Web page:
Comparison of FY 2010 and FY 2013 results
Graph 1 shows the relationship between outage cost and duration of the incident. The graph is organized in descending order by duration of the outage in minutes. Accordingly, observation 1 has the shortest duration and observation 57 has the longest duration. The regression line is derived from the analysis of all 67 data centers. Clearly, these results show that the cost of outage is linearly related to the duration of the outage.
Graph 1: Relationship between cost and duration of unplanned outages
Minutes of down time
Bar Chart 6 reports the minimum, median, mean and maximum cost per minute of unplanned outages computed from 67 data centers. This chart shows that the most expensive cost of an unplanned outage is over $16,000 per minute. On average, the cost of an unplanned outage per minute is likely to exceed almost $8,000 per incident.
Bar Chart 6: Total cost per minute of an unplanned outage
Comparison of FY 2010 and FY 2013
Graph 2 shows the relationship between data center size as measured by square footage and the total cost of unplanned outages. Observation 1 has the smallest and observation 59 has the largest data centers in square footage, respectively. The regression line is computed from the analysis of all 67 data centers. Similar to the duration analysis above, these results show that the cost of outage is linearly related to the size of the data center.
Graph 2: Relationship between cost and data center size (measured in square feet)
Bar Chart 7 reports the mean cost per square foot of unplanned outages based on all 67 data centers according to quartile. This chart shows that the most expensive cost of an unplanned outage is $95 per square foot for the smallest quartile of companies. The lowest average is $45 for larger organizations.
Bar Chart 7: Cost per square foot of data center
Quartile mean S.F. is bracketed value
Bar Chart 8 groups the sample of 67 data centers by the primary root cause of the unplanned outage. The “other” category refers to incidents where the root cause could not be determined. As shown, 24 percent of companies rate UPS system failure as the primary root cause of the incident. Twenty-two percent rate accidental or human error and 18 percent as a cyber attack as the primary root cause of the outage. IT equipment failure represents only four percent of all outages studied in this research.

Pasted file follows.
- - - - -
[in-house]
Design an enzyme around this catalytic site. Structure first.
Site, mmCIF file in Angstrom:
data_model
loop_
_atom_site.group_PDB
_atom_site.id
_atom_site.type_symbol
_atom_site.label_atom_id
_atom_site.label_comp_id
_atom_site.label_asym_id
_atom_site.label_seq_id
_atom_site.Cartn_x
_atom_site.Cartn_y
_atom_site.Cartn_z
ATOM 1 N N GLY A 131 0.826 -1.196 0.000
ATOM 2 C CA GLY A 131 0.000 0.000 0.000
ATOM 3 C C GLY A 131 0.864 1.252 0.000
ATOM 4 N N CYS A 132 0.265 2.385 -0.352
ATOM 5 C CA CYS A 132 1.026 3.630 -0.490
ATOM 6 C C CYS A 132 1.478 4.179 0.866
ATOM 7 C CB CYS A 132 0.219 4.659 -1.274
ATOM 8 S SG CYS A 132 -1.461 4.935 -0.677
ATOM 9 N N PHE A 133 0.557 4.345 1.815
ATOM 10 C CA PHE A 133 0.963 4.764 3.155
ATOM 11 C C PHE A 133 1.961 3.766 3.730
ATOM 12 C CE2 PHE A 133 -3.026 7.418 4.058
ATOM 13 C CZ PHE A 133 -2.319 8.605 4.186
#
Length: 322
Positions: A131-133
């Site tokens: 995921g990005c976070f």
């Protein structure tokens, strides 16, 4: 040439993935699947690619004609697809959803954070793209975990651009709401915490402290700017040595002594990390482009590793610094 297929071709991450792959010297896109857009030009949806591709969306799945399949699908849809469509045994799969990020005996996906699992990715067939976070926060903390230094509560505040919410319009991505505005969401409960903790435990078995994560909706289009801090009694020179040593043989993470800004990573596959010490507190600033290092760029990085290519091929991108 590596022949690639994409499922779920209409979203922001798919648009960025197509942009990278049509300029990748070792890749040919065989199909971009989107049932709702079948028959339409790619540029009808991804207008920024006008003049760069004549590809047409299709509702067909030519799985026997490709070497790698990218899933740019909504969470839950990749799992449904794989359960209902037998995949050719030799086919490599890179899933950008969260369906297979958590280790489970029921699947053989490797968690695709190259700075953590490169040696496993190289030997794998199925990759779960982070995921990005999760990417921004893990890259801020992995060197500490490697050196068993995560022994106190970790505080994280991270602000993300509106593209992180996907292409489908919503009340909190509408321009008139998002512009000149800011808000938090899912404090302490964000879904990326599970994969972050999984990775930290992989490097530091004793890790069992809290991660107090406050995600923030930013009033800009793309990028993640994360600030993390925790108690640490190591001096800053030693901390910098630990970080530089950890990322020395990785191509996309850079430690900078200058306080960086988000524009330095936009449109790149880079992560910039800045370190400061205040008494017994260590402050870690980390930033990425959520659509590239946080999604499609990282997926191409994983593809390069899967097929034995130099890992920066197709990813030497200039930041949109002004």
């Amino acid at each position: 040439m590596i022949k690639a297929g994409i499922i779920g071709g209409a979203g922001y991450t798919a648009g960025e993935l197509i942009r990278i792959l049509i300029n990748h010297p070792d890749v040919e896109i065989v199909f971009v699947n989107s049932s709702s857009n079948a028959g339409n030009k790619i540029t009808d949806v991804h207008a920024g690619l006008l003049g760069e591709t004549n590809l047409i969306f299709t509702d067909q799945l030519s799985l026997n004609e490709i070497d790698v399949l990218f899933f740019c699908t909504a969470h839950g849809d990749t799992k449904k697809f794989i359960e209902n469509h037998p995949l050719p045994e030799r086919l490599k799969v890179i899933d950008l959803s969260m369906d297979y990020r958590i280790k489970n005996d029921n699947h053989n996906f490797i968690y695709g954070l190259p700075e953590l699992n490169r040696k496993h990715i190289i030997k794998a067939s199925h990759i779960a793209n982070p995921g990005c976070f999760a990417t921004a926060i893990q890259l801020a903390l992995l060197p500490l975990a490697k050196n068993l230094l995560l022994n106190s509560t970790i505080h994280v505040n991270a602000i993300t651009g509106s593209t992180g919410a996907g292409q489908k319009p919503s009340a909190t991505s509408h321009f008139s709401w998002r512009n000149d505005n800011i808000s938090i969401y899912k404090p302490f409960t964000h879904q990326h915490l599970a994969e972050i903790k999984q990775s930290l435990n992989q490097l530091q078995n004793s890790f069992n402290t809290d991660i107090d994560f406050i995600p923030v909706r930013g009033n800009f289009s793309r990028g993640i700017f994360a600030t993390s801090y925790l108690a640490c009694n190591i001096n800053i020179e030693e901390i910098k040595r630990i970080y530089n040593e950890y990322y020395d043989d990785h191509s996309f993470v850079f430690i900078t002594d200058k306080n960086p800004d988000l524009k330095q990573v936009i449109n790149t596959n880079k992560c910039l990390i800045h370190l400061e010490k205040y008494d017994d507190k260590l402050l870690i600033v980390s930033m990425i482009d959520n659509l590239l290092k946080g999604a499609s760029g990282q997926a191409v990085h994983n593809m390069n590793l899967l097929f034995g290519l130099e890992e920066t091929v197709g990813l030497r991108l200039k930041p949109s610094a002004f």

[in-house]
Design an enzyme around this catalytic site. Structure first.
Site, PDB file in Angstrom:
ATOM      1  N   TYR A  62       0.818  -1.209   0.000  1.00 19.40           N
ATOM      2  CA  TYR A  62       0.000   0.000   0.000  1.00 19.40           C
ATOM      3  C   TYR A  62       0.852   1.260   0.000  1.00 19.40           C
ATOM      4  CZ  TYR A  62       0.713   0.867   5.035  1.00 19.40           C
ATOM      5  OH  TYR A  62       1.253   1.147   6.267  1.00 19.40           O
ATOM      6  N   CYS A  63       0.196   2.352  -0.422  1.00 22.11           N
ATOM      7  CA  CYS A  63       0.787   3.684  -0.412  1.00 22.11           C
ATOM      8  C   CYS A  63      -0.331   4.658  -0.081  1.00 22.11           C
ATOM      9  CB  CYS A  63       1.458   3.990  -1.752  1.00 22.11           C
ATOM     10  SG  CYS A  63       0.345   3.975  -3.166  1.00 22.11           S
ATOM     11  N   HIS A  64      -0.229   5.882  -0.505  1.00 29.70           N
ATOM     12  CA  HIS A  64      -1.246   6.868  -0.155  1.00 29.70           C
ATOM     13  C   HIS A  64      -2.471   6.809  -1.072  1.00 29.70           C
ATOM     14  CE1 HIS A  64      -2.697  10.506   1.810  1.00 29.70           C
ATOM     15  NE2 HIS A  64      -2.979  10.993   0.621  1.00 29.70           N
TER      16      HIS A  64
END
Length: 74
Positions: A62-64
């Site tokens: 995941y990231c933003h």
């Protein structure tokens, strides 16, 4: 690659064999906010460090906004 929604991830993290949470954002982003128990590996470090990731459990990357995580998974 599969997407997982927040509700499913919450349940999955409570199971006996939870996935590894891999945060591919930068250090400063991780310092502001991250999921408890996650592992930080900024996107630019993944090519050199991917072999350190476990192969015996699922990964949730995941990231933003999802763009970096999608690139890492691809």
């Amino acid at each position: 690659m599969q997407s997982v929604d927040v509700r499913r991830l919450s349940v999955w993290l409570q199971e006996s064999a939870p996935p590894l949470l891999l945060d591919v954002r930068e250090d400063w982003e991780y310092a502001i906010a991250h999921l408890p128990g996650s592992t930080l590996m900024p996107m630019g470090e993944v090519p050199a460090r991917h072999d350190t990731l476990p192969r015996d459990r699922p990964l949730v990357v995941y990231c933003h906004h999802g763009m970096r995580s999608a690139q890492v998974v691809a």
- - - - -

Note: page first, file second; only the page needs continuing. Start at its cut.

Bar Chart 8: Root causes of unplanned outages
Comparison of FY 2010 and FY 2013 results
Bar Chart 9 reports the average cost of outage by primary root cause of the incident. As shown below, IT equipment failures result in the highest outage cost, followed by cyber crime. The least expensive root cause appears to be related to accidental/ human errors.
Bar Chart 9: Total cost by primary root causes of unplanned outages
Comparison of FY 2010 and FY 2013 results
Part 6. Concluding Thoughts
The results of this year’s study clearly reflect shifting attitudes and trends since the original Study on Data Center Outages and Cost of Data Center Outages were released in 2010. The update to the Study on Data Center Outages, released in September 2013, indicated an increase of data center downtime awareness and an elevated sense of urgency surrounding availability, as well as a surge in cyber attacks related to availability. The companion Cost of Data Center Outages study, which analyzed 67 data centers across varying industry segments, indicates the significant increase in the cost of unplanned data center outages since 2010.
The 2010 studies fueled a global discussion on the consequences of data center outages at industry events such as AFCOM Data Center World and in dozens of IT and data center publications. It helped define and reinforce a business case for data center availability and safeguarding uptime, which was not previously a consideration for many business decisionmakers.
Recent high-profile outages also caught the attention of these business leaders. From the Superbowl to Twitter’s Fail Whale to outages of Amazon and Google, major disruptions to IT services around the globe helped bring downtime to the fore and reinforce not only the criticality of availability, but have also emphasized the dramatic financial cost associated with unplanned downtime.
With today’s data centers providing more critical, interdependent devices and IT systems than ever before, the 41 percent increase in cost from 2010 was remarkably higher than expected. The results underscore the importance of minimizing the risk of downtime that can potentially cost thousands of dollars per minute. The expectation that uptime is now a baseline assumption and there is an urgency to deliver it in order to save on costs, reverberates through the findings of the study.